By Robin . . . Among the more significant cases concerning registered citizens that have made their way to the United States Supreme Court, few have had as much potential to change the course of appellate review and affirm the First Amendment protections guaranteed to every American citizen than Packingham v. North Carolina (petition No. 15-1194).
After the chief justice extended the time for filing, Atty. Glenn Gerding, counsel for the petitioner, Lester Gerard Packingham, filed a Petition for Certiorari from the North Carolina Supreme Court on March 21, 2016.
Mr. Packingham is a North Carolina registrant who was convicted by a jury in 2011 for accessing Facebook, a commercial networking website which permits minors as registered users. This was a violation of N.C.G.S. § 14-202.5. Before trial, Packingham sought to have the charges dismissed on grounds that the statute violated his First Amendment rights. In ruling on the motion, the trial judge found the statute to be constitutional as applied to the defendant and declined to address the defendant’s facial challenge for want of jurisdiction. Packingham was sentenced to 6 to 8 months in prison, fully suspended, pursuant to the completion of 12 months of supervised probation. Packingham appealed.
In August, 2013, a three-judge panel of the North Carolina Court of Appeals vacated the lower court’s ruling and concluded that N.C.G.S. § 14- 202.5 was not narrowly tailored, vague, and failed to “target the ‘evil’ it is intended to rectify.” The Court of Appeals also held that the statute violated “the First Amendment’s guarantee of free speech, and [was] unconstitutional on its face and as applied.”
In turn, the NC Attorney General’s office appealed the Court of Appeals’ decision to the North Carolina Supreme Court which, on November 6, 2015, by a 4 to 2 decision, reversed the Court of Appeals’ Order to Vacate and re-instated Mr. Packigham’s conviction. The state supreme court held the statute to be constitutional in all respects since it proscribes only conduct (access to a social networking site) rather than speech and that the impact on an individual registrant’s speech was merely incidental to this prohibition on conduct.
While the Writ for Certiorari has not yet been granted, the United States Supreme Court appears interested enough in hearing the state’s response, which it formally requested on April 28, 2016. The state has until May 31 to respond so it’s impossible to know at this time either how the state will respond or when the Court might reschedule the Petition for conference.
Packingham’s petition summarizes that the chief question before the Court is “whether, under this Court’s First Amendment precedents, a law that makes it a felony for any person on the state’s registry of former sex offenders to ‘access’ a wide array of websites – including Facebook, YouTube, and nytimes.com – that enable communication, expression, and the exchange of information among their users, if the site is ‘know[n]’ to allow minors to have accounts, is permissible, both on its face and as applied to petitioner – who was convicted based on a Facebook ‘post’ in which he celebrated dismissal of a traffic ticket, declaring ‘God is Good!’”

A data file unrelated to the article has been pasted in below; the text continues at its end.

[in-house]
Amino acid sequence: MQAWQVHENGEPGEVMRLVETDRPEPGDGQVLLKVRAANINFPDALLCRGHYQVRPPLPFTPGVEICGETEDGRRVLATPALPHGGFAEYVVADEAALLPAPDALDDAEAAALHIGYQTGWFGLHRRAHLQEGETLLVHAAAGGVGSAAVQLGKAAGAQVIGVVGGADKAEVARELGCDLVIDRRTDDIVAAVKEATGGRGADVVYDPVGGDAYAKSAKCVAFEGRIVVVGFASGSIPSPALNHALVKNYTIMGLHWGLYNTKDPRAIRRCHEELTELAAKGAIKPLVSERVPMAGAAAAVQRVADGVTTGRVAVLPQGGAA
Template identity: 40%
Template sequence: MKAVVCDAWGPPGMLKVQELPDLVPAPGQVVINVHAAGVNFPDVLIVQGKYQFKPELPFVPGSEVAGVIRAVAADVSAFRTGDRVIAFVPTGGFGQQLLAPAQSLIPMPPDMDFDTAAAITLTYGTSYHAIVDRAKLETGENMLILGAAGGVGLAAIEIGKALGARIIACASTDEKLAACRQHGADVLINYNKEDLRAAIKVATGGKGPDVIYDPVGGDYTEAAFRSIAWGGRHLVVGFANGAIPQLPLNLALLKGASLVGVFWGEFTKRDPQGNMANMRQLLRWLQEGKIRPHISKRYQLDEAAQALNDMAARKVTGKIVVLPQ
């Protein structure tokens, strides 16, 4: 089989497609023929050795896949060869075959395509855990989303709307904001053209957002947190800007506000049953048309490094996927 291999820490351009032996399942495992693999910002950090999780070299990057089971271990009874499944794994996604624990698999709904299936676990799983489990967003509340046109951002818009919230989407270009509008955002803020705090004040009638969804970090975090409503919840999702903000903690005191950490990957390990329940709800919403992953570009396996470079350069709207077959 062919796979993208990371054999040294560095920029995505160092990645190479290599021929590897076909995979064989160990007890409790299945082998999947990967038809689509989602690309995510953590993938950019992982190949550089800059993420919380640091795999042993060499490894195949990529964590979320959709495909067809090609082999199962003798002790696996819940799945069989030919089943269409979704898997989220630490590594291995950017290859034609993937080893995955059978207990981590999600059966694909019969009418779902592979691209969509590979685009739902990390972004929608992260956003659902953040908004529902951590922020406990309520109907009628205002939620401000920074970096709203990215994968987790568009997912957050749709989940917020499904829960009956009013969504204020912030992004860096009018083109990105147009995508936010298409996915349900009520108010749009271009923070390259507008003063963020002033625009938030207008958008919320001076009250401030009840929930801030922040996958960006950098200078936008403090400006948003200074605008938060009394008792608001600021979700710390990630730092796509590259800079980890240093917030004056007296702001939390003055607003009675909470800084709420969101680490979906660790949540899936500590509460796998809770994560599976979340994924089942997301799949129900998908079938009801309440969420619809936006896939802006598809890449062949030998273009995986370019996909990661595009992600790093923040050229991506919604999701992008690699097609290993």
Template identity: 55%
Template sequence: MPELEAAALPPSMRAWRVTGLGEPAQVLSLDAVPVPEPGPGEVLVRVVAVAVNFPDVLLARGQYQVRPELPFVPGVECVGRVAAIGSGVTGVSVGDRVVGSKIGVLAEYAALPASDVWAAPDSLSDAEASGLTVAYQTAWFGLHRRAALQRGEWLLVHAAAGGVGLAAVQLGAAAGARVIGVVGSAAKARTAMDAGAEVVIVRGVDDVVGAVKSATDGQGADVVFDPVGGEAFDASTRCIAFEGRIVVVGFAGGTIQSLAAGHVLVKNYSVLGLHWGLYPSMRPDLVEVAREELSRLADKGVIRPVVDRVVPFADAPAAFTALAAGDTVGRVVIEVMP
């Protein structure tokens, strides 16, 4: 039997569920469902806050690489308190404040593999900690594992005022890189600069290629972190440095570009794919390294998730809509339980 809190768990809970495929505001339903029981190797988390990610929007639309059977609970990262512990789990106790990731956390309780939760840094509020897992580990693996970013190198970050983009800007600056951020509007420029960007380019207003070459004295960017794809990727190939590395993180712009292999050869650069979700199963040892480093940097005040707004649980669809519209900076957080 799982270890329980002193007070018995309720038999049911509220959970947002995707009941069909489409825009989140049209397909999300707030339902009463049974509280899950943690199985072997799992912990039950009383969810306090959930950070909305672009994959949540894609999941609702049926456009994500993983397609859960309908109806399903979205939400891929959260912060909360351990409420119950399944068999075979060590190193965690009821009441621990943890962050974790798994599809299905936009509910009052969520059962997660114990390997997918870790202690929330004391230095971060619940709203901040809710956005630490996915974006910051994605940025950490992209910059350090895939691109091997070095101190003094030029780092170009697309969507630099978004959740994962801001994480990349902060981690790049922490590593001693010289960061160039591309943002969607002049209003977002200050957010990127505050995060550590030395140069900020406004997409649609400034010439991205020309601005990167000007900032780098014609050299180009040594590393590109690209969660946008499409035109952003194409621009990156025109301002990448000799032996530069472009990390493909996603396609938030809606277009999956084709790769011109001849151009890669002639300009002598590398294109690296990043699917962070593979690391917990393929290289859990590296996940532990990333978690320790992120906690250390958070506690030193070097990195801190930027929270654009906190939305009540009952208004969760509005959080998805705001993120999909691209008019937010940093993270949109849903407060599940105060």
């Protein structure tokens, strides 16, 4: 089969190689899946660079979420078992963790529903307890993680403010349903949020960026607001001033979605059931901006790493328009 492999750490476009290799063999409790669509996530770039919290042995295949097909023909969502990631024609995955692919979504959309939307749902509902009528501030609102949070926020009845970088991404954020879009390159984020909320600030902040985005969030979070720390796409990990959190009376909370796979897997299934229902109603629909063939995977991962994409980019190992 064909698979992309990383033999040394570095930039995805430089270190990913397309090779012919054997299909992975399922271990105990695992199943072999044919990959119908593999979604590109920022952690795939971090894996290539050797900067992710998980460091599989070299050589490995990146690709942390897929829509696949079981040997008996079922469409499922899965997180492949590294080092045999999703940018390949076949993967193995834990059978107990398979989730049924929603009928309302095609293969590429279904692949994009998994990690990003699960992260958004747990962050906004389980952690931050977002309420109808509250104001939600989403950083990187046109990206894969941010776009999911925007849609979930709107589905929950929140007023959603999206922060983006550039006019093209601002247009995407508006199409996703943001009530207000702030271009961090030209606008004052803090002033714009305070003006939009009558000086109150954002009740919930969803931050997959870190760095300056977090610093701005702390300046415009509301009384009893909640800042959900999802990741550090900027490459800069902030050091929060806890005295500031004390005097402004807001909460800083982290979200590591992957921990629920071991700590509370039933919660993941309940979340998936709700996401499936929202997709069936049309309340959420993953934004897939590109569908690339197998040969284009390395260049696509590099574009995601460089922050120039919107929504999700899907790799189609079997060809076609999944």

The Petition for Writ surmises that this case requires the Supreme Court’s intervention because 1) the NC Supreme Court’s decision contravenes “first principles” of basic constitutional law because of the ruling’s unconventional application of “conduct regulation” and “heightened scrutiny” analyses, and 2) that the decision is in conflict with numerous lower court opinions.
Just a week before the U.S. Supreme Court requested a response from North Carolina, a group of 16 law professors led by Eugene Volokh filed an Amici Curiae on behalf of the petitioner focusing exclusively on the NC Supreme Court’s tortured application of an “ample alternative channels” standard to the statute at issue.
Retired professor of law, David Post, recently explained the rationale behind the professors’ brief in a post for The Volokh Conspiracy blog of the Washington Post. Professor Post argues that the NC Supreme Court’s analysis is absurd because it rests upon the incredulous proposition that websites such as the Pauline Dean network, wral.com, glassdoor.com, or shutterfly are comparable to social networking giants such as Facebook, Twitter, or LinkedIn, and that prohibiting registrants from accessing such sites is no impediment to their First Amendment rights because such “ample alternatives” exist. Professor Post cites to his colleague’s previous explication of the Amicus brief here.
It is, of course, impossible to know whether the U.S. Supreme Court will grant the Writ. It grants very few. In any given year, the Court entertains nearly 8,000 petitions and grants certiorari in less than one percent (about 80). But the fact that the Packingham case was originally scheduled for conference on May 12 and then removed from the calendar consequent to the Amicus filing, quickly followed by the Court’s official request for a response from the state of North Carolina, at the very least provides surety that the Court is paying significant attention to the important constitutional questions underlying this Petition.